Cape Town — University of Johannesburg (UJ) student Stephen Bhasera has been honoured by his native country, Zimbabwe, for his hard work and dedication to rugby.
The Varsity Cup prop, who has been sadly sidelined for the season by an injury, has been nominated for the Zimbabwe Achievers Awards in the Sports Personality of the Year category for 2019.
"It is an initiative that honours Zimbabweans who reside outside of their home country and are doing commendable things in a variety of fields," said Bhasera, who will graduate from UJ with a law degree in April.
"It covers categories from business to community work to academia, sports, culture and media.
"The awards take place annually to honour Zimbabweans based in five different countries and I have been nominated for Sports Personality of the Year for South Africa 2019."
The 23-year-old Bhasera said he was privileged to be considered for the award.
"It is a good feeling to receive the recognition, but also humbling to be named among people such as Kaitano Tembo (SuperSport United coach) and Tapiwa Mafura, who himself took the Varsity Cup by storm in 2018."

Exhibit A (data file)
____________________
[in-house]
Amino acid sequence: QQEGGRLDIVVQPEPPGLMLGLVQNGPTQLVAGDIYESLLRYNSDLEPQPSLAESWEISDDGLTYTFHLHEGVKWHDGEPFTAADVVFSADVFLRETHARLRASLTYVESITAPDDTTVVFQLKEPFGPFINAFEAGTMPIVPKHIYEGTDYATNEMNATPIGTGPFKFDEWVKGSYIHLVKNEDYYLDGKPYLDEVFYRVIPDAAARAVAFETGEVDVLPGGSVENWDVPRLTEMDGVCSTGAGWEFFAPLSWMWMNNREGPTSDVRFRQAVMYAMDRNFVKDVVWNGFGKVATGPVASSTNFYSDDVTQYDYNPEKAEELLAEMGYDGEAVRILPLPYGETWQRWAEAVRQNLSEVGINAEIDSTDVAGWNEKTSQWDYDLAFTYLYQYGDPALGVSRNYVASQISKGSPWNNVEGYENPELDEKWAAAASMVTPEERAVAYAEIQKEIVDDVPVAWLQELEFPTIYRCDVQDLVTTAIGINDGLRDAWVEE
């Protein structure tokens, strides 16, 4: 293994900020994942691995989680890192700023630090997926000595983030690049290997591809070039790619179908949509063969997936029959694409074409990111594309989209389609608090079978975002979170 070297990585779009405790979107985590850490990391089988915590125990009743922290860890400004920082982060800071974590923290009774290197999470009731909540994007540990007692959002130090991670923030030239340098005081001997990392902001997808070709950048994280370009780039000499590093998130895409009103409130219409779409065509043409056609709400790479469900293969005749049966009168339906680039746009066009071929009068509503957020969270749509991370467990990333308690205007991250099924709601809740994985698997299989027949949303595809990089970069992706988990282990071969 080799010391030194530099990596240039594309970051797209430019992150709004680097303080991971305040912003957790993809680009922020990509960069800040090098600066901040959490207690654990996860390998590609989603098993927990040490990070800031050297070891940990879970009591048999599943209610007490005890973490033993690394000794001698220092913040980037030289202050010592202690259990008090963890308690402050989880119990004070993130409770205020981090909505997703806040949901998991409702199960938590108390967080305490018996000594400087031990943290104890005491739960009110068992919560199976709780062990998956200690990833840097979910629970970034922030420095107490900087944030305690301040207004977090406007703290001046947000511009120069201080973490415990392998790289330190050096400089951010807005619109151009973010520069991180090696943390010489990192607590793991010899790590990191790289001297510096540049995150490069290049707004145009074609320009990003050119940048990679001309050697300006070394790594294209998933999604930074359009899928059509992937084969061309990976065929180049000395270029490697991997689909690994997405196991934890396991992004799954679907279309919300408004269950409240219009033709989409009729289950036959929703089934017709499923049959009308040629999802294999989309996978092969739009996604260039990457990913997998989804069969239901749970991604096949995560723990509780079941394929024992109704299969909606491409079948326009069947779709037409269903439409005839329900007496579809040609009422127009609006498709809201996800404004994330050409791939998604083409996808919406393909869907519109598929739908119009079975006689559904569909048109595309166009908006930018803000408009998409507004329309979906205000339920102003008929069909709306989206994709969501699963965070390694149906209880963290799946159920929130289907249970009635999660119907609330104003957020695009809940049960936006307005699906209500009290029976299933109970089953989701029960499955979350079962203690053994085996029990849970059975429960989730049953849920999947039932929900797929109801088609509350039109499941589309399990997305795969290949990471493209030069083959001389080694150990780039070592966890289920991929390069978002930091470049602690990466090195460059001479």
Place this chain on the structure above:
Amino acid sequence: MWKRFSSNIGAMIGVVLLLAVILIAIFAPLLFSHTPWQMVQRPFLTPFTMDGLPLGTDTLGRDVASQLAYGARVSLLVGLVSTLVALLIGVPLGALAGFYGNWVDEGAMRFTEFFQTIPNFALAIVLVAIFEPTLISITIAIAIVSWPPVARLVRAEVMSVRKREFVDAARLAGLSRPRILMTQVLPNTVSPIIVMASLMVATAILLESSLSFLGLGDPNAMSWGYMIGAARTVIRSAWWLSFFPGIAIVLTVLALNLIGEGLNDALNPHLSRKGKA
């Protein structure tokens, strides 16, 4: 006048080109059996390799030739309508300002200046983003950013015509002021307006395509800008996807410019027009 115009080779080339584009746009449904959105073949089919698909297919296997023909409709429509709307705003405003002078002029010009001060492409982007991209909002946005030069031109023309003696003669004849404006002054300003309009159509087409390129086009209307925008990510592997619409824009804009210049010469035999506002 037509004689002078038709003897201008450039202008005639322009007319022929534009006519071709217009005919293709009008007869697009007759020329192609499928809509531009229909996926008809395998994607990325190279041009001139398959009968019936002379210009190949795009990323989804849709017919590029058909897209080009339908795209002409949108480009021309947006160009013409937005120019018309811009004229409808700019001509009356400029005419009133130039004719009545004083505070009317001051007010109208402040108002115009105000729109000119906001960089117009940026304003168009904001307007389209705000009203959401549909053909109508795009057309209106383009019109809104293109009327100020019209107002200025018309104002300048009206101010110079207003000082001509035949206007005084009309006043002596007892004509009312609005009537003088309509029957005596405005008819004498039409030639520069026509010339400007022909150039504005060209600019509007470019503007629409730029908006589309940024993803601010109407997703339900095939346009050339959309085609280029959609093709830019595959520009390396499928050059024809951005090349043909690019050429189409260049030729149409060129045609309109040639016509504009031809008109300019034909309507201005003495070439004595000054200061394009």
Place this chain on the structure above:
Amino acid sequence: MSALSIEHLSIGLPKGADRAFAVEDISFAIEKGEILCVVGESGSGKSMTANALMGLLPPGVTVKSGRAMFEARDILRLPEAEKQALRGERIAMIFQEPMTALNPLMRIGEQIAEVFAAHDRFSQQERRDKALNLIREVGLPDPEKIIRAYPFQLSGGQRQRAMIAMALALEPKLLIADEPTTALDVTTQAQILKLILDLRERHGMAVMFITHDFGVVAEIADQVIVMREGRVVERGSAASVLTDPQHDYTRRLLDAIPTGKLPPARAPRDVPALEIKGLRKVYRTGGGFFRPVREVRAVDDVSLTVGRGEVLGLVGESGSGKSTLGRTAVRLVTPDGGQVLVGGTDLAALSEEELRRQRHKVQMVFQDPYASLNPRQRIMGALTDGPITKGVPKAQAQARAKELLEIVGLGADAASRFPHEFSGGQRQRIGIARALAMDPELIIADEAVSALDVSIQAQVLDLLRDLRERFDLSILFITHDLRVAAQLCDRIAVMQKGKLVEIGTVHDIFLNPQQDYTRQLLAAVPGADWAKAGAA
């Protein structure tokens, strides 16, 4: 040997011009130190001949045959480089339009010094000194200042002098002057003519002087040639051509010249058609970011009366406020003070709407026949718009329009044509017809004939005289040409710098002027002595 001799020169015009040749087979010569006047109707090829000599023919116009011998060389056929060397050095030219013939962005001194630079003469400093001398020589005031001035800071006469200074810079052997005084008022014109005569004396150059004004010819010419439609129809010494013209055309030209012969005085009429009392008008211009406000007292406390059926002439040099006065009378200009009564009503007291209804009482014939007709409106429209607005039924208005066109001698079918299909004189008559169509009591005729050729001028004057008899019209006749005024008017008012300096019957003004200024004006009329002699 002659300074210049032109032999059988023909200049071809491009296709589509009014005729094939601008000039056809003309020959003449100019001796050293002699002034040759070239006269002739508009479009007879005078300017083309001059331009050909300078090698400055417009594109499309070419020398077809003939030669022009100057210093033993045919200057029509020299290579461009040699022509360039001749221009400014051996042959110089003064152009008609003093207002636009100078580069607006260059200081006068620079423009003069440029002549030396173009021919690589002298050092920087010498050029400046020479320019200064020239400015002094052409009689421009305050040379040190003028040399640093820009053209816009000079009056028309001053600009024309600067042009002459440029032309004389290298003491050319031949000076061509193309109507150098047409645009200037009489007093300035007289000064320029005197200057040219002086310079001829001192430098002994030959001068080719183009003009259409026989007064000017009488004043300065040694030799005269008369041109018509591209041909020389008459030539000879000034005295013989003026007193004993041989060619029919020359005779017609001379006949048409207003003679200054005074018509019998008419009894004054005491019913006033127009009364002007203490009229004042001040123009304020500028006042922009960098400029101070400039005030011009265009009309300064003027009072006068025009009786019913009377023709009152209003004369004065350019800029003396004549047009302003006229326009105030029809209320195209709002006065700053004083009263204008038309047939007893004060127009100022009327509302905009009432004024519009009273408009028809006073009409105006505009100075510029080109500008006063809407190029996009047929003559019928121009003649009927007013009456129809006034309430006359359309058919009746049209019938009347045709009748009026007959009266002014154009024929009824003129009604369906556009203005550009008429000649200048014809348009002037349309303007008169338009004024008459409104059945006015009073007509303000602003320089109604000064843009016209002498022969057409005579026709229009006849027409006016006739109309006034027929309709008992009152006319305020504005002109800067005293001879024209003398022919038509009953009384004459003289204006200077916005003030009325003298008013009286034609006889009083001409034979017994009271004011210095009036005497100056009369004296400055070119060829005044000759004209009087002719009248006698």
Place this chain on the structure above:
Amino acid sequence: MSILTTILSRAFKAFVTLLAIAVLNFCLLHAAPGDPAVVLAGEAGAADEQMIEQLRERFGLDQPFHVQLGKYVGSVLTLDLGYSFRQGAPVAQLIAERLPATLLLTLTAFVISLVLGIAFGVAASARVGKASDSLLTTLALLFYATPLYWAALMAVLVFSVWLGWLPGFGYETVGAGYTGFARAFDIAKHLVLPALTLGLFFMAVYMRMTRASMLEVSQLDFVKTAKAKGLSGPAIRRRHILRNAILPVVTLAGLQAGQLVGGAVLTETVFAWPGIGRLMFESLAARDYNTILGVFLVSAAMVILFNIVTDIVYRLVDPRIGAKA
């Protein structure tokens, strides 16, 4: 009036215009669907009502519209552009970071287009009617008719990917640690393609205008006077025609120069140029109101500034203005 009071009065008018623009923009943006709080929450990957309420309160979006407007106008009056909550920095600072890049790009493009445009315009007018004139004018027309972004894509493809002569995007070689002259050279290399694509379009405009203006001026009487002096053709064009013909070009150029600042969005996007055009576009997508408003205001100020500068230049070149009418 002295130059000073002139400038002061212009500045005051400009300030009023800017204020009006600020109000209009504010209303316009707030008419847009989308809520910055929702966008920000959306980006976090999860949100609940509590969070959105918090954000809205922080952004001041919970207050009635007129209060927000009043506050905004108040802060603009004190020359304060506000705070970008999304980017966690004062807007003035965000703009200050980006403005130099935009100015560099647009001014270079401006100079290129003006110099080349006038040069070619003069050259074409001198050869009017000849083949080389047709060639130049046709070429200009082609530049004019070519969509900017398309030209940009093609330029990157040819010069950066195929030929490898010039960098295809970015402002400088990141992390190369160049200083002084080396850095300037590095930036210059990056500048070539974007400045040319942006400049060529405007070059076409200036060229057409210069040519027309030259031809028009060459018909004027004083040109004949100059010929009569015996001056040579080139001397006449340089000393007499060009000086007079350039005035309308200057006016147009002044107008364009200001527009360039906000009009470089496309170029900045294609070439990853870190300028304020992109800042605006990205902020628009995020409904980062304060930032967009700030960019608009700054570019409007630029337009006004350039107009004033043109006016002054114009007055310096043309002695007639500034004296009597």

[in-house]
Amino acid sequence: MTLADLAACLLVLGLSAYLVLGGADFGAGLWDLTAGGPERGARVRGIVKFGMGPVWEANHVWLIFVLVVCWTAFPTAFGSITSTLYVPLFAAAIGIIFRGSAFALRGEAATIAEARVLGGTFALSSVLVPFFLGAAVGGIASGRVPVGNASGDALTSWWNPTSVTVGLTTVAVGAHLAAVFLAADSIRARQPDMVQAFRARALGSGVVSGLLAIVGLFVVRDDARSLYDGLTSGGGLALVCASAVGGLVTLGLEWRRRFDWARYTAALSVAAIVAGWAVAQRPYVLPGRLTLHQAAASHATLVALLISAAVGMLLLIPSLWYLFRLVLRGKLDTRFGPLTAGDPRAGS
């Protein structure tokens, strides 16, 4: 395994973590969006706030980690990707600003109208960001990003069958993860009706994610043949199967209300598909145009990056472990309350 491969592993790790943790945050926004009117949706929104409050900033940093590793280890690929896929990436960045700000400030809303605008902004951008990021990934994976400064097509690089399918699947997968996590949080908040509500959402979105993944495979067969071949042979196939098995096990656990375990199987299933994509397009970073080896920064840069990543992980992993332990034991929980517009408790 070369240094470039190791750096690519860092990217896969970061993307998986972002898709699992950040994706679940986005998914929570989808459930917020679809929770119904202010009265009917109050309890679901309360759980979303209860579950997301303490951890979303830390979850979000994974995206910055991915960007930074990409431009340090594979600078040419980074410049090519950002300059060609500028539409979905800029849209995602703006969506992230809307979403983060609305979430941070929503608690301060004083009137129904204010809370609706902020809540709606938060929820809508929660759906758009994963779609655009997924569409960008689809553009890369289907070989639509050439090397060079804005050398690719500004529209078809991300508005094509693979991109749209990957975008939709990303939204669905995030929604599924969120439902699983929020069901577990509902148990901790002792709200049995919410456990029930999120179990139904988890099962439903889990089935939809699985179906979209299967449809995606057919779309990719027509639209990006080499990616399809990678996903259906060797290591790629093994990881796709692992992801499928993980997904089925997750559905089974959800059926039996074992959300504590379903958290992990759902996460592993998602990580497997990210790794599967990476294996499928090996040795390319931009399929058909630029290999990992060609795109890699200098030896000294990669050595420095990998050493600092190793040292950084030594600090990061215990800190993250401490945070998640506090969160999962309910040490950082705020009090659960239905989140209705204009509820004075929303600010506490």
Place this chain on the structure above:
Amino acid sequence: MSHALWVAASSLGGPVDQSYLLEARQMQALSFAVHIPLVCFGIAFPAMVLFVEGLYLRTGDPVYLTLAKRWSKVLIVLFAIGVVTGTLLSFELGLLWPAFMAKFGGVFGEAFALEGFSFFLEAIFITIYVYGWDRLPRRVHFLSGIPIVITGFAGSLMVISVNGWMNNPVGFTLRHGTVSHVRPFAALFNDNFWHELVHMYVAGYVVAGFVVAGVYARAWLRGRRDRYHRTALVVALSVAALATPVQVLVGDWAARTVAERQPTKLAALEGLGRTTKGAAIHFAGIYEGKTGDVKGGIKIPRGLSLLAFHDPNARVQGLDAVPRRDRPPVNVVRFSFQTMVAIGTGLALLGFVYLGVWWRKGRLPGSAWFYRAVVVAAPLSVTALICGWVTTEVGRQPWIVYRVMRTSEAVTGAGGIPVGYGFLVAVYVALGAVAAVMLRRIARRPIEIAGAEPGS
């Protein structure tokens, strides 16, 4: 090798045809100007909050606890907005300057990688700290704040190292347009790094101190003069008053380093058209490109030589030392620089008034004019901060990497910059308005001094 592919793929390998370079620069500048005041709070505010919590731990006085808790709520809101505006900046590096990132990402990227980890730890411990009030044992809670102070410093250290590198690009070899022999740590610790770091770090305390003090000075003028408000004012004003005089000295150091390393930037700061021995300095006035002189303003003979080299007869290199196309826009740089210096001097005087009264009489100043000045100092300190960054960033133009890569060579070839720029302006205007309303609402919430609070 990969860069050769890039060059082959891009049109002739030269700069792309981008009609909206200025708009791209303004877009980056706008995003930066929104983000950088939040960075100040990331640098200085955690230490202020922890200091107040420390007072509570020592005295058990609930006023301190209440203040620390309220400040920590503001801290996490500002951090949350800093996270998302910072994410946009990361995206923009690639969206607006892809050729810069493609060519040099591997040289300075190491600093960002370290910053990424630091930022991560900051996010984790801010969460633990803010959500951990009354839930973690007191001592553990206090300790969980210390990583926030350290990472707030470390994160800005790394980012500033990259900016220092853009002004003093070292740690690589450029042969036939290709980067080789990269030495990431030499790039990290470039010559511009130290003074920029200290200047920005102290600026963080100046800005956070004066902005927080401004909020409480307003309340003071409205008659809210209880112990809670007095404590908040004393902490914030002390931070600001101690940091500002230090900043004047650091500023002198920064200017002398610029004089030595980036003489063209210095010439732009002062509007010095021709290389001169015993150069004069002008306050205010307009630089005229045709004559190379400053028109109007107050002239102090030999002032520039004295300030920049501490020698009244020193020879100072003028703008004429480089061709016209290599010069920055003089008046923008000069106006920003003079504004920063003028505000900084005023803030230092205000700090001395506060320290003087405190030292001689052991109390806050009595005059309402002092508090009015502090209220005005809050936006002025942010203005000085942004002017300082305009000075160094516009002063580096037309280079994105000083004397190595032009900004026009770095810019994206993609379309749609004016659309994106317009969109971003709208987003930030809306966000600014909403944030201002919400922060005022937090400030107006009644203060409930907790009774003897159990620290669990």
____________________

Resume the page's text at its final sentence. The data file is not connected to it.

With his home base being Kadoma in Zimbabwe, Bhasera lives in Atholl in Johannesburg, although he will be leaving later this year to study in the United Kingdom.
Having initially received offers to attend various top law schools around the world, Bhasera chose to pursue his career in UJ.
"I took that route because I wanted to exhaust my desire to play professional rugby and to play at the highest level," he recalled.
"Having the Lions (rugby franchise) on board in terms of a contractual commitment was the main motivation for deciding to take the SA route."
He turned out for the Lions U19 team in 2015 and played for the province in the SuperSport Challenge and the Currie Cup premier division.
After being part of the Young Guns set-up at UJ, he graduated to the Varsity Cup squad this year before the injury ended his future in the competition.
"I played the first three games of the season and then suffered an injury in training that has put me out for the rest of the programme.
"Despite that my Varsity Cup experience has been largely positive - it's a unique initiative that combines the benefits of top-level rugby with the perks of studying at an institution of higher education.
"I wouldn't say I've found the transition into Varsity Cup difficult or the games to be more physical than what I've experienced before. However it is still an extremely high level of rugby."
For now, though, his sporting career will be on the backburner as he turns his attention to a Masters in Law degree (LLM), starting in the UK in September.